And though you may not like surgery, you will go to the OR and learn about it, perhaps hold a retractor or even cut a muscle during a cholecystectomy. It really isn't that bad--it's a great learning experience. Doesn't mean you're going to be a surgeon.

Aek said...

Uncutplus: I categorize neurofibromatosis under "genetics" more so than "neurology." :-P The thing I've noticed about neurology is that a lot of things you can't fix . . . not easily anyway. And it's so complicated! It just doesn't click with me. :-/

Manu: Neonatology sounds pretty interesting, but I don't think I have will for it. I wonder who's sending messages in my dream . . . >_>

James: Lol, sorry. Dermatology just doesn't interest me much - plus, I need to be in like the top 5% of my class to even consider it since it's so competitive.

Rex: Yes, isn't it? :-P

Earl Grey: Haha, lupus. It's never lupus. :-P Actually, it seems that auto-immune diseases (like lupus) are more common in females. So hmm . . .

.: Yeah, I like that little blurb by him too. :-)

Aaron: I like my mentor too! Too bad he's retiring. So what exactly do you think about most times? And I'm curious as to your comment about specialties. :-P

Anon MD: I know that specialties are largely personality-driven. You can spot the die-hard surgeons a mile away (and they're generally the people I don't hang out with). I somewhat dread the surgery rotation, but I'm sure it'll be quite interesting. It's not like I can get out of it, so might as well make it a good ride, lol.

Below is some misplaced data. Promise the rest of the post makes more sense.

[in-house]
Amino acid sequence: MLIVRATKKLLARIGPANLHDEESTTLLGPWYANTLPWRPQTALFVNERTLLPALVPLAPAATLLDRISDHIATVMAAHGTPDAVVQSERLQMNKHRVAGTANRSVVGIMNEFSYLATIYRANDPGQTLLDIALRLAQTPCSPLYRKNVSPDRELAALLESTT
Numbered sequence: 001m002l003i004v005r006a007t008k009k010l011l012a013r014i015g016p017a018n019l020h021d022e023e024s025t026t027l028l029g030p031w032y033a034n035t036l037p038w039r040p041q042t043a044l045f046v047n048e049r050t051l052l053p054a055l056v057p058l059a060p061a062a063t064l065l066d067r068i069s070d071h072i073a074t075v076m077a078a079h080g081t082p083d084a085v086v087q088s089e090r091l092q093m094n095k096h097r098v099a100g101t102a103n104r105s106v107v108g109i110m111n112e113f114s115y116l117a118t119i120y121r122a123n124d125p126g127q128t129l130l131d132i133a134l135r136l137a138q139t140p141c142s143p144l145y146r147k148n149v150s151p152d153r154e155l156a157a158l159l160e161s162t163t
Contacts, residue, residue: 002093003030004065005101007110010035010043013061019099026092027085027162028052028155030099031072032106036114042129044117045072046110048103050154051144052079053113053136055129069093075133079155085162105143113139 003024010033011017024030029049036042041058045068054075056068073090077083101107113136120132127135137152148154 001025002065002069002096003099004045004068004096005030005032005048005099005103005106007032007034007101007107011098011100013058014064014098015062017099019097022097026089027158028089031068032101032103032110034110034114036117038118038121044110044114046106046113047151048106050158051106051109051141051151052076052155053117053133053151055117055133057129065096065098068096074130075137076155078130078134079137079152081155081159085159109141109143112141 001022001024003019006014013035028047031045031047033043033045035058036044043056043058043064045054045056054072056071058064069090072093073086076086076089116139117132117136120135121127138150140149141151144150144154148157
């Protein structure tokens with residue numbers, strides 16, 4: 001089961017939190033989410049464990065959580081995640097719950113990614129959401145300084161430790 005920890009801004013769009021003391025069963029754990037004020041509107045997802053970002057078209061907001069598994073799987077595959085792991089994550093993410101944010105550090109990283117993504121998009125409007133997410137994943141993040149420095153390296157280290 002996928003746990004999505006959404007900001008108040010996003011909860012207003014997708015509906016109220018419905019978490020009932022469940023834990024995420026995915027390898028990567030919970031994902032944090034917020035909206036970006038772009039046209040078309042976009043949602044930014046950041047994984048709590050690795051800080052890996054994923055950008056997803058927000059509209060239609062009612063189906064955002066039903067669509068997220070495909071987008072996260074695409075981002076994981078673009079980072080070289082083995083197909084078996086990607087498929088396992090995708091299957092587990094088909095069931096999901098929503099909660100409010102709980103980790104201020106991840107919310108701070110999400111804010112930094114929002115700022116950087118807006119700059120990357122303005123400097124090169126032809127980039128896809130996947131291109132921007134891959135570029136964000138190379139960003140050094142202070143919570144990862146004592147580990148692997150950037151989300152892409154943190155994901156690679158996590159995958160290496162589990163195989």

B said...

Aw, pity the brain isn't your friend :-) Neurology's really interesting but you're right, for a lot of neurological disorders there's not much that can be done.

Bubby said...

Hey, i have just come across your blog and have become your newest follower.
Really interesting perspectives that you have, i look forward to reading back through your blog and seeing further postings.

I love watching how everyone treats life differently, I also like that as a Dr you don't seem clinical in your approach to life at all.

All the best

B. said...

Hahahahaha (about your dream)... Very weird one, especially with this bisexual stuff...

Aek said...

B: Yup, the brain's not my friend, hehe. I'll leave that up to the people who're good at it and enjoy it. ;-)

Bubby; Hey thanks for following! I've a huge backlog of blogs I'm trying to catch up on, but when I get to yours I'll like ya. I, too, like my mentor's outlook on things. He's one of those people who truly believes in what he does.

B.: Yes, weird dream indeed. :-P